Thursday, March 13
Mr. Bush Goes For The Kill
Terry Jones, The Observer, March 13, 2003
Mr. Bush is right, Saddam Hussein is a nasty man and nobody I know has the least objection to Mr. Bush killing him. It's just the way he proposes doing it that worries me. Dropping 3000 bombs in 48 hours on Baghdad is going to kill a lot of other people who, as far as I am aware, are not nasty at all.
That's the bit of the 'moral' argument I don't follow. It's a bit like the police saying they know a murderer comes from the south of England so they are going to execute everybody in Epsom. [...]
The Xanax Cowboy
Maureen Dowd, New York Times, March 9, 2003
WASHINGTON — You might sum up the president's call to war Thursday night as "Message: I scare."
As he rolls up to America's first pre-emptive invasion, bouncing from motive to motive, Mr. Bush is trying to sound rational, not rash.
Determined not to be petulant, he seemed tranquilized.
But the Xanax cowboy made it clear that Saddam is going to pay for 9/11.[...]
We are scared of the world now, and the world is scared of us. (It's really scary to think we are even scaring Russia and China.)
Bush officials believe that making the world more scared of us
-- is the best way to make us safer and less scared.
So they want a spectacular show of American invincibility to make the wicked and the wayward think twice before crossing us.
Of course, our plan to sack Saddam has not cowedthe North Koreans and Iranians, who are scrambling to get nukes. to cow us
It still confuses many Americans that, in a world full of vicious slimeballs,
we're about to bomb one
that didn't attack us on 9/11 (like Osama);
that isn't intercepting our planes (like North Korea);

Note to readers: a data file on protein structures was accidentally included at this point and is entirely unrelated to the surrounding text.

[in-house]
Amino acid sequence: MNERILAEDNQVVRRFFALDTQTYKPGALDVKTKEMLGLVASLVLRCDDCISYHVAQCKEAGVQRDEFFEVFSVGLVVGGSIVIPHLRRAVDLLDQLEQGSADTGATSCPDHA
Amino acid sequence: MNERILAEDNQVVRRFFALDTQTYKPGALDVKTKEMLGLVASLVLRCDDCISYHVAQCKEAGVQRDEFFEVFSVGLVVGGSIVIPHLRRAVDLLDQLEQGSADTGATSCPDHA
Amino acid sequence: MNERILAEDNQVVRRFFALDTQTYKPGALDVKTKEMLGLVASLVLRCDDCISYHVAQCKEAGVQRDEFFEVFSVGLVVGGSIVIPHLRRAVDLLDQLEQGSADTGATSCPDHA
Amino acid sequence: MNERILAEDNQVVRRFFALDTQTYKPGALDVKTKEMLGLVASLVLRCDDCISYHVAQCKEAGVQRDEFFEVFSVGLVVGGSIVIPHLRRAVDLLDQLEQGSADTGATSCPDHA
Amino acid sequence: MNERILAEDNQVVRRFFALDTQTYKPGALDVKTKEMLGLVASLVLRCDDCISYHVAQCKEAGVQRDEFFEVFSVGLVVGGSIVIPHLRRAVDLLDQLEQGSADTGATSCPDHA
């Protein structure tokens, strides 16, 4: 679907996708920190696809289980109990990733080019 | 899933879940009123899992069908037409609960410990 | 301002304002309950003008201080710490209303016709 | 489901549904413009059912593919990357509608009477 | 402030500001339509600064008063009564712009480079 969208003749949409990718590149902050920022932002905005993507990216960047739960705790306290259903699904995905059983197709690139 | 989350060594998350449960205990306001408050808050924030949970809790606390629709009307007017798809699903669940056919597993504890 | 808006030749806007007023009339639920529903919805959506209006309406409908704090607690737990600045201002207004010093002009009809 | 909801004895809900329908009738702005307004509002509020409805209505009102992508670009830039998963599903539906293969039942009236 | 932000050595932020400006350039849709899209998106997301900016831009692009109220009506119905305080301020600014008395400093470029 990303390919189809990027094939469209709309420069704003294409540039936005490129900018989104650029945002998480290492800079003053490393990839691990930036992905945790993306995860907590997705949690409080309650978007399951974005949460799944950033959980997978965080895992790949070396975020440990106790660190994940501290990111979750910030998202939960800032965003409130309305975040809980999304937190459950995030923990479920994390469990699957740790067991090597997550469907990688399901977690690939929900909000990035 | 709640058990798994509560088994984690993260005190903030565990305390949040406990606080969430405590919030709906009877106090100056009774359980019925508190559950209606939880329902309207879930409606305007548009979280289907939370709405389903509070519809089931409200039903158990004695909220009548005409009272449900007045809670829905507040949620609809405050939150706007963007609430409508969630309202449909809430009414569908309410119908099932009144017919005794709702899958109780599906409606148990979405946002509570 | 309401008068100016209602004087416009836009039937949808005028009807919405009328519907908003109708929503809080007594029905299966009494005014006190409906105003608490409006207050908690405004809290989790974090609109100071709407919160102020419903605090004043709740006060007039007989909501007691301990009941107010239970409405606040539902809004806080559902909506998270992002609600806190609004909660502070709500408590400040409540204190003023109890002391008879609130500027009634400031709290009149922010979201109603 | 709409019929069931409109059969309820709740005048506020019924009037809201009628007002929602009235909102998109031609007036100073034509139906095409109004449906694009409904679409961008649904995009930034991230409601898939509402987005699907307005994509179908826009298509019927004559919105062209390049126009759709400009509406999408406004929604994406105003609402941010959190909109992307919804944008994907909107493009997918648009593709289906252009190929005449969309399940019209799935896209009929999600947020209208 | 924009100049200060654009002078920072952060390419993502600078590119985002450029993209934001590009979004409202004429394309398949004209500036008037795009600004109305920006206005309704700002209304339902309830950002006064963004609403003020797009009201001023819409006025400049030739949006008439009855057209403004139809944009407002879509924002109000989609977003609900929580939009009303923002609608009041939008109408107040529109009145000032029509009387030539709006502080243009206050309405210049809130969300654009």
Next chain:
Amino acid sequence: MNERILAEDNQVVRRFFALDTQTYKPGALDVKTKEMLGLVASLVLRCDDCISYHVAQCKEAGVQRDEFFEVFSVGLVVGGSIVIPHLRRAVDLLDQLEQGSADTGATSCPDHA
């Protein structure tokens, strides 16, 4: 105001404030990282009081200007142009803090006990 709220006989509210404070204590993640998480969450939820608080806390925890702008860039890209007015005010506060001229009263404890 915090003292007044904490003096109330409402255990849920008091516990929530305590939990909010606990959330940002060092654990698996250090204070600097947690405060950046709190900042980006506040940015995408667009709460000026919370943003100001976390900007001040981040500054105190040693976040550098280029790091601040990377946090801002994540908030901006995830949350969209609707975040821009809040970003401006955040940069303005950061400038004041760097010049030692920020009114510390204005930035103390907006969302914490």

that isn't financing Al Qaeda (like Saudi Arabia);
that isn't home to Osama and his lieutenants (like Pakistan);
that isn't a host body for terrorists (like Iran, Lebanon and Syria).
I think the president is genuinely obsessed with protecting Americans [...]
Fire, Ready, Aim
Thomas L. Friedman, New York Times, March 9, 2003
I went to President Bush's White House news conference on Thursday to see how he was wrestling with the momentous issue of Iraq.
One line he uttered captured all the things that are troubling me about his approach. It was when he said: "When it comes to our security, we really don't need anybody's permission." [...]
Fact: The invasion of Iraq today is not vital to American security. Saddam Hussein has neither the intention nor the capability to threaten America, and is easily deterrable if he did. ...When Mr. Bush takes a war of choice and turns it into a war of necessity, people naturally ask, "Hey, what's going on here? We're being hustled. The real reason must be his father, or oil, or some right-wing ideology."
A story. In 1945 King Abdul Aziz Ibn Saud of Saudi Arabia met President Franklin D. Roosevelt on a ship in the Suez Canal. Before agreeing to meet with Roosevelt, King Abdul Aziz, a Bedouin at heart, asked his advisers two questions about the U.S. president: "Tell me, does he believe in God and do they [the Americans] have any colonies?"
The real question the Saudi king was asking was: how do these Americans use their vast power?
Like the Europeans, in pursuit of colonies, self-interest and imperium,
or on behalf of higher values?
That's still the most important question for U.S. national security.
... the world is still ready to be led by an America that's a little more humble, a little better listener and a little more ready to say to its allies:
how can we work this out?
How much time do we need to give you to see if inspections can work for you to endorse the use of force if they don't?
Think about F.D.R. He had just won World War II. America was at the apex of its power. It didn't need anyone's permission for anything. Yet, on his way home from Yalta, confined to a wheelchair, F.D.R. traveled to the Mideast to meet and show respect for the leaders of Ethiopia, Egypt and Saudi Arabia. Why?
Because he knew he needed them not to win the war, but to win the peace.